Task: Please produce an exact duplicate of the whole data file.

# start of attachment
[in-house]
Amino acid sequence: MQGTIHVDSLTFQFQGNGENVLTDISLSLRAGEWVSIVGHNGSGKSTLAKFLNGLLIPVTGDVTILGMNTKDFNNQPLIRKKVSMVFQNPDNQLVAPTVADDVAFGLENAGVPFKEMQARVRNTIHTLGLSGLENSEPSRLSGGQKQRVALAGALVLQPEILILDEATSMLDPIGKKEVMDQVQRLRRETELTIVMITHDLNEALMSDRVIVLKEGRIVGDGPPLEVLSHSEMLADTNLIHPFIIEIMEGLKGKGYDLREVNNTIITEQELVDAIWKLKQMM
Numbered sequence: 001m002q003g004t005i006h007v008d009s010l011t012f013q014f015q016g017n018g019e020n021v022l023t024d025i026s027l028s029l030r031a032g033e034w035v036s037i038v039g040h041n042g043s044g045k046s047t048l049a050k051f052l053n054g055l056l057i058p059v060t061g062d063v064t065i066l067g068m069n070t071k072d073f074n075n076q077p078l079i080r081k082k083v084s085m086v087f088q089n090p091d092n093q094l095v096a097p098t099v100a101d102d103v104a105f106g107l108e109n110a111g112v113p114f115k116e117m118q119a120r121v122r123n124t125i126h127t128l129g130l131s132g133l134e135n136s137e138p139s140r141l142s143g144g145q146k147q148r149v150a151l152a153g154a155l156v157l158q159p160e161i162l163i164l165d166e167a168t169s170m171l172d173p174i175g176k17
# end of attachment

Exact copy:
[in-house]
Amino acid sequence: MQGTIHVDSLTFQFQGNGENVLTDISLSLRAGEWVSIVGHNGSGKSTLAKFLNGLLIPVTGDVTILGMNTKDFNNQPLIRKKVSMVFQNPDNQLVAPTVADDVAFGLENAGVPFKEMQARVRNTIHTLGLSGLENSEPSRLSGGQKQRVALAGALVLQPEILILDEATSMLDPIGKKEVMDQVQRLRRETELTIVMITHDLNEALMSDRVIVLKEGRIVGDGPPLEVLSHSEMLADTNLIHPFIIEIMEGLKGKGYDLREVNNTIITEQELVDAIWKLKQMM
Numbered sequence: 001m002q003g004t005i006h007v008d009s010l011t012f013q014f015q016g017n018g019e020n021v022l023t024d025i026s027l028s029l030r031a032g033e034w035v036s037i038v039g040h041n042g043s044g045k046s047t048l049a050k051f052l053n054g055l056l057i058p059v060t061g062d063v064t065i066l067g068m069n070t071k072d073f074n075n076q077p078l079i080r081k082k083v084s085m086v087f088q089n090p091d092n093q094l095v096a097p098t099v100a101d102d103v104a105f106g107l108e109n110a111g112v113p114f115k116e117m118q119a120r121v122r123n124t125i126h127t128l129g130l131s132g133l134e135n136s137e138p139s140r141l142s143g144g145q146k147q148r149v150a151l152a153g154a155l156v157l158q159p160e161i162l163i164l165d166e167a168t169s170m171l172d173p174i175g176k17